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New technologies, hospital strategies promote patient engagement

The American Customer Satisfaction Index released a report revealing that overall patient satisfaction dropped since last year

The American Customer Satisfaction Index (ACSI) released a report last month revealing that overall patient satisfaction with hospitals and ambulatory care stands at 77.6 percent, down 3 percent from a year ago. According to the report, ambulatory care, which includes office visits to doctors, dentists and optometrists, ranked higher (at 79 percent satisfaction) than hospital services (76 percent). Nonetheless, both categories saw a drop from last year's ACSI survey.

Surveys on patient satisfaction, like the ACSI report and the Centers for Medicare & Medicaid Services’ (CMS) Hospital Consumer Assessment of Healthcare Providers and Systems (HCAHPS), point to the importance of hospitals and health systems focusing on increasing patient engagement efforts, said Jan Oldenberg, senior manager of Ernst & Young’s Advisory Health Care Practice. Patient engagement is key to improving overall patient satisfaction levels, she said.

[See also: Patient satisfaction more influenced by hospital staff than facilities]

Derek Mabie, president of Evolve Digital Labs, an online customer acquisition firm, said it’s important for hospitals to continually find new ways to involve patients in their care, and connect them with their caregivers, in order to increase patient satisfaction. Ways to do this include educating patients about their health condition in the moments before leaving the hospital, and building relationships with patients using mobile applications or online patient portals.

“While in the midst of a transformation in the healthcare industry, a lot of organizations are looking for ways to become more efficient and fiscally responsible, but simultaneously satisfying patients’ needs and producing more successful outcomes,” said Mabie. “For instance, what do patients ultimately want out of their healthcare system’s website? We believe there is a tremendous opportunity to take what hospitals already do well within their four walls outside of the hospital – pre- and post-care engagement with patients in the home.”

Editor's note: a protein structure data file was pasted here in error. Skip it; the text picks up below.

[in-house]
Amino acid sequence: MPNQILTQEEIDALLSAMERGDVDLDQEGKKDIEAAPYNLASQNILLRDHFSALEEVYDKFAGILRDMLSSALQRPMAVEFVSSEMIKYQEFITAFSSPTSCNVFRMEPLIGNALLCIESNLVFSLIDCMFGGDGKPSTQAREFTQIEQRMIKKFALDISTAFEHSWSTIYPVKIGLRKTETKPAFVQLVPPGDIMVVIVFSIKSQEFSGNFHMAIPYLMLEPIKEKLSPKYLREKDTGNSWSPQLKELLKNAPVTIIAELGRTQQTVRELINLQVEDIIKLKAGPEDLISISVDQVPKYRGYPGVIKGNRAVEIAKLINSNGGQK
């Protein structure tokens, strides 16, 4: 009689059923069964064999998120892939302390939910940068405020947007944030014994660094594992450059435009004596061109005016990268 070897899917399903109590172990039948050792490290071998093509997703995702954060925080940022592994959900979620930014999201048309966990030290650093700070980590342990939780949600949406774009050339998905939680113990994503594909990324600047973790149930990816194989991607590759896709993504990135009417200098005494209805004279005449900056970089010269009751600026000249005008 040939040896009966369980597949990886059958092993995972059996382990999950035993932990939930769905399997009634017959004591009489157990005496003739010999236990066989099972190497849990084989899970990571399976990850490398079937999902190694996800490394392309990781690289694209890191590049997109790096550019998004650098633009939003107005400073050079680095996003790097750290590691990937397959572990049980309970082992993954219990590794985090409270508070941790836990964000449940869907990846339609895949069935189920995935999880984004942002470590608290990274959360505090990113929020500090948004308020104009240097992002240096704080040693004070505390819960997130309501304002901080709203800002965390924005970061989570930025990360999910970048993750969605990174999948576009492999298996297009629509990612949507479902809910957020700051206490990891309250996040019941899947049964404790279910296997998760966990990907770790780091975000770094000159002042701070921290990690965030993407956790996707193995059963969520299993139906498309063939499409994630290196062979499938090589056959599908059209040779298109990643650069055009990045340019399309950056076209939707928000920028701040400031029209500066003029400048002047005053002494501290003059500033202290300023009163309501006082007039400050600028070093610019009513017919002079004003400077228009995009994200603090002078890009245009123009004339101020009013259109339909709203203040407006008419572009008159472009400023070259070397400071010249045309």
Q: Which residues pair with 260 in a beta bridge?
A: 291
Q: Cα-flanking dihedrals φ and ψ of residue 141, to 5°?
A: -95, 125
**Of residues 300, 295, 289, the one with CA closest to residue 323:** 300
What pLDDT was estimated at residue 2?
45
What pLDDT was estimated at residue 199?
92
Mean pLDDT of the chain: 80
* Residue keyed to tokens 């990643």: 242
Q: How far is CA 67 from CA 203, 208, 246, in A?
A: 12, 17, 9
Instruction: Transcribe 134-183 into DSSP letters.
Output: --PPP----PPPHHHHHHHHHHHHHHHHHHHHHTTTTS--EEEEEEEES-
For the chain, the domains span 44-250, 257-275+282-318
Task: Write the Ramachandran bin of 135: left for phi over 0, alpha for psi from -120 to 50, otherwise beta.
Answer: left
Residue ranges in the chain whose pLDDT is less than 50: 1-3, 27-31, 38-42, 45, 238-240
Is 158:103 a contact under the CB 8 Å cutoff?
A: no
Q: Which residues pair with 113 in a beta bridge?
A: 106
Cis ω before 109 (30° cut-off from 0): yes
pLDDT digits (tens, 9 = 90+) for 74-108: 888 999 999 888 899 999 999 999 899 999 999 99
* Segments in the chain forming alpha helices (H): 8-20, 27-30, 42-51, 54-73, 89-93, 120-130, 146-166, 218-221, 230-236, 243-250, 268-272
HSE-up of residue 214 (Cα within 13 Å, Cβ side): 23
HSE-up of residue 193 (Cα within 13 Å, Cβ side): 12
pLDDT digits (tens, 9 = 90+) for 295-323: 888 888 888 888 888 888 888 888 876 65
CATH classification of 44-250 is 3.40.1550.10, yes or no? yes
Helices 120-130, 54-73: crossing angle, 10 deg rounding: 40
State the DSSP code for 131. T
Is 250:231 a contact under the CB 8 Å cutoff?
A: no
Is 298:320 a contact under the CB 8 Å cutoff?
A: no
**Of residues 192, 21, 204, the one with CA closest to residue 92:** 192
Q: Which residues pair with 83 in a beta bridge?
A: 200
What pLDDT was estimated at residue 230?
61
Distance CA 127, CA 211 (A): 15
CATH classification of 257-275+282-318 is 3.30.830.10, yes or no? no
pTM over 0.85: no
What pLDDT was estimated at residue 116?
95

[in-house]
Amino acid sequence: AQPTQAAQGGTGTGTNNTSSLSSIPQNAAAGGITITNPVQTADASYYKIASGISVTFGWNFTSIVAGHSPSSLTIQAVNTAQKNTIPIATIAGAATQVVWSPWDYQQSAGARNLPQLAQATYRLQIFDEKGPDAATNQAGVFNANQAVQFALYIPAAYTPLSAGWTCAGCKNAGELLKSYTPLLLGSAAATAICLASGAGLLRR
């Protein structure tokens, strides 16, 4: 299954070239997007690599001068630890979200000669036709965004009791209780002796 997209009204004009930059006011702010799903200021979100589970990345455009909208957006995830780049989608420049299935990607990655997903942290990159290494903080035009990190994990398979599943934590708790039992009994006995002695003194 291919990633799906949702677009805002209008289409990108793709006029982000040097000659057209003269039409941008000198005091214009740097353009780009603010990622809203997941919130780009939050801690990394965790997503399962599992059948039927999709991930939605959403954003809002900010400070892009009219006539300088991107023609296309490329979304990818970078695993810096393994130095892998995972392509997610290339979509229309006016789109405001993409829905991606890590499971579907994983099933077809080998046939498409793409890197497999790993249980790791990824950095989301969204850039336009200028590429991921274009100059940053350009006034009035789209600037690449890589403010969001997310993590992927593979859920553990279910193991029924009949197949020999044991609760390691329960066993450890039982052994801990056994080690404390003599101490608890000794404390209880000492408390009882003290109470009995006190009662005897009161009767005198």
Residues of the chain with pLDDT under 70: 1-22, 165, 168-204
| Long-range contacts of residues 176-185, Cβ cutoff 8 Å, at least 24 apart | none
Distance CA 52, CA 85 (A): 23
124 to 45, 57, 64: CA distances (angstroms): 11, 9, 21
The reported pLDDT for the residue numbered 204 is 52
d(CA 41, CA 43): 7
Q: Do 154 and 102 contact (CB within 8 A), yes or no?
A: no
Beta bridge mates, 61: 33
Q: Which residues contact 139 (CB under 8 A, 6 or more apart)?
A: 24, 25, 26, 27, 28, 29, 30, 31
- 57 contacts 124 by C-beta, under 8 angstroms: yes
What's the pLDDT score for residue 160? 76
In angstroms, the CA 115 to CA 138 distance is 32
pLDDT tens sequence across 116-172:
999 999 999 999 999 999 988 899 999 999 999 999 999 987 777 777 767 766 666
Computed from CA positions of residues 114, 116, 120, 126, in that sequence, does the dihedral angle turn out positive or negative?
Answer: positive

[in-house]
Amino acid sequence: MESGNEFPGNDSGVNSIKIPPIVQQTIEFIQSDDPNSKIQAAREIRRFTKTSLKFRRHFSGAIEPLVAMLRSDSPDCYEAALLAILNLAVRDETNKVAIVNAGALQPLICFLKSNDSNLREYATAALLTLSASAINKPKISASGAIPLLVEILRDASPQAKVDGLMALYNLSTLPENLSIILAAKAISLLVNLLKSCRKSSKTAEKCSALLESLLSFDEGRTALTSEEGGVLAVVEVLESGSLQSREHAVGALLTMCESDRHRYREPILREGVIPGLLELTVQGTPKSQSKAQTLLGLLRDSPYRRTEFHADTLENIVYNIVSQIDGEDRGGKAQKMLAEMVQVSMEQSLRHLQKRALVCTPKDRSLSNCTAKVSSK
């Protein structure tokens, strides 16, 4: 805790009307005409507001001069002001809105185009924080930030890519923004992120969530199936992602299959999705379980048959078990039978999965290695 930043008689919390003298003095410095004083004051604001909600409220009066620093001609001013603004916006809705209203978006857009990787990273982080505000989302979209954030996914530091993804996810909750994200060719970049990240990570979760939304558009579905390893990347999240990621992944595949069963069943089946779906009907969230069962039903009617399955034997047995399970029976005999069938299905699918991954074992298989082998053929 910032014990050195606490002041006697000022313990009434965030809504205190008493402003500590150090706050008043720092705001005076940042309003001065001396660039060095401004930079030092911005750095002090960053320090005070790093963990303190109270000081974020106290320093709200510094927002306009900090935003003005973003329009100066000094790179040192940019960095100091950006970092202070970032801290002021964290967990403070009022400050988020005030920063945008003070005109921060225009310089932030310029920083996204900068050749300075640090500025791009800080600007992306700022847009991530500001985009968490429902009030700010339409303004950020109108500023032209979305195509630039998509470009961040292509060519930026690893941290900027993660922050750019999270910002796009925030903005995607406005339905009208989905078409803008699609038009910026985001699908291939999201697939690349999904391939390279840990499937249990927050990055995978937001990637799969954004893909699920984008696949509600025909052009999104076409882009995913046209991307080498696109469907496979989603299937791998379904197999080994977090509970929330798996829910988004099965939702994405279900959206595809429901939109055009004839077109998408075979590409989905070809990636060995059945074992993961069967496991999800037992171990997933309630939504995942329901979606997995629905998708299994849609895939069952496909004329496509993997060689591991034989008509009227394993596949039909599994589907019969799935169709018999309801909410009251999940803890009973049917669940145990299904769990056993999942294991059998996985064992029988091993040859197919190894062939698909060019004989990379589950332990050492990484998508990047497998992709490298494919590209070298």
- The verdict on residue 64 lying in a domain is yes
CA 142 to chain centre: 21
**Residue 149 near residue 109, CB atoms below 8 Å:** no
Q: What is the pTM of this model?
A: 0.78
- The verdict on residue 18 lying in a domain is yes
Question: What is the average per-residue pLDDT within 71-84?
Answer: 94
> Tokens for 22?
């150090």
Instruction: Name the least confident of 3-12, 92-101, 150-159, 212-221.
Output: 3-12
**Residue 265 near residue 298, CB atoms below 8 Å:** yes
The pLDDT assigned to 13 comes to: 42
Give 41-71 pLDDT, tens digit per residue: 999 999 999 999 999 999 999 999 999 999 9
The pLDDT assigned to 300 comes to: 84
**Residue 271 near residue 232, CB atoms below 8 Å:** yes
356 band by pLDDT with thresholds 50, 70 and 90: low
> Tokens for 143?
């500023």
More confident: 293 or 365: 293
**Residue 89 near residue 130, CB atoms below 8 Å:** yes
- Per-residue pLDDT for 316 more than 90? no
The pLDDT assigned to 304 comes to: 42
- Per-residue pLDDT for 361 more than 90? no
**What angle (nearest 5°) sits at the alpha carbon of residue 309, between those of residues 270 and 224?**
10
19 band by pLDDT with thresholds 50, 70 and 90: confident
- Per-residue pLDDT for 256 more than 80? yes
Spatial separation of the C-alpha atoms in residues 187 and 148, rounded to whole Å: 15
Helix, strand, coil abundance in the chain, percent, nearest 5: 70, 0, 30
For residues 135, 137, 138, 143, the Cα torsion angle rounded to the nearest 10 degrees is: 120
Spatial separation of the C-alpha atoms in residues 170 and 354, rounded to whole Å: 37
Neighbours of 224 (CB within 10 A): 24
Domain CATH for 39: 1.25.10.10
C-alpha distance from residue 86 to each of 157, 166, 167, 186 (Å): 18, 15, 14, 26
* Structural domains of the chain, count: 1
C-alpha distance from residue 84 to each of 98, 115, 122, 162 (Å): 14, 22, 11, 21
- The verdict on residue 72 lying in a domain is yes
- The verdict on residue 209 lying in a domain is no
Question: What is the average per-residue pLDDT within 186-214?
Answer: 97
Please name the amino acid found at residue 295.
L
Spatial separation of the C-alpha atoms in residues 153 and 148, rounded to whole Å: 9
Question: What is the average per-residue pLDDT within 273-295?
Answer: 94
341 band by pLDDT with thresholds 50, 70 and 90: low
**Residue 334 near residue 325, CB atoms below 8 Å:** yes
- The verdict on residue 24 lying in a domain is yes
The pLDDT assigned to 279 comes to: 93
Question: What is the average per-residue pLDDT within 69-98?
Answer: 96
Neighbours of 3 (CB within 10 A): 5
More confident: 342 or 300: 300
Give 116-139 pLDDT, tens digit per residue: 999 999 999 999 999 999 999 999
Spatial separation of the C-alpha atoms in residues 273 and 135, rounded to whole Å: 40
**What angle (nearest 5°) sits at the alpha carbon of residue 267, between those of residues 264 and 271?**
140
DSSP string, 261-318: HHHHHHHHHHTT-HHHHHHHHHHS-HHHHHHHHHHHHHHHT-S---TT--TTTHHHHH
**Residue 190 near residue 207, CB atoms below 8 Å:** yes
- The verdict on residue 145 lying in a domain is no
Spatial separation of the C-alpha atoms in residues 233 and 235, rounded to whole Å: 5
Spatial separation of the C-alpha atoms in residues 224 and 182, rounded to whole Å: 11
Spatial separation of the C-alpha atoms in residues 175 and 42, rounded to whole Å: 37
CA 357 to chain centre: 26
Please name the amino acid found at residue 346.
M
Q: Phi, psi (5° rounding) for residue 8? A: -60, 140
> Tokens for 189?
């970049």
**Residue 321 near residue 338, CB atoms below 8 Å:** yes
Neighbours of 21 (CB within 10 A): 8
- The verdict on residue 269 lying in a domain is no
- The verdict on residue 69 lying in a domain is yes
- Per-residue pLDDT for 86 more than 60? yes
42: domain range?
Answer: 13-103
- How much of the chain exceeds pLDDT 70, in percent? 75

Recently, two Boston hospitals -- South Shore Hospital and Brigham and Women’s Hospital -- teamed with mobile technology company Wellframe to launch a clinical pilot among patients enrolled in South Shore’s joint cardiac rehabilitation program using Wellframe’s mobile application to connect with patients in various ways outside of the hospital.

According to Karen LaFond, nurse manager
 at South Shore, clinicians have seen a significant improvement in patient retention and compliance with cardiac rehabilitation care plans when using mobile applications.

LaFond explained that while cardiac rehabilitation programs have been shown to reduce five-year mortality rates by up to 45 percent among patients with coronary heart disease, many patients don’t end up participating in the programs. Some are not able to afford the programs, or get transportation to the hospital. But with the Wellframe application installed on their mobile devices upon leaving the hospital, LaFond said patients are able to check daily to-do lists, log exercise, remind themselves to take medications and interact directly with clinicans.

[See also: Patient engagement lessons]

Jacob Sattelmair, CEO of Wellframe, explained that clinicians can track their patients’ progress on a clinical dashboard, allowing them to intervene with patients if necessary.

“If patients can’t come into our offices for their scheduled three-times-a-week appointments, we are able to connect with them through the app. It makes patients feel more committed to the program this way. It gives them a sense of success and it really adds to the patient experience,” said LaFond. “We can help prevent readmissions this way with long-term follow up.”

LaFond added that using a program like this one cost nothing extra for South Shore, they weren't required to hire more staff.

“We just added this program into our daily routine,” she said. “An added bonus is that a program like this keeps patients coming back to us again and again.”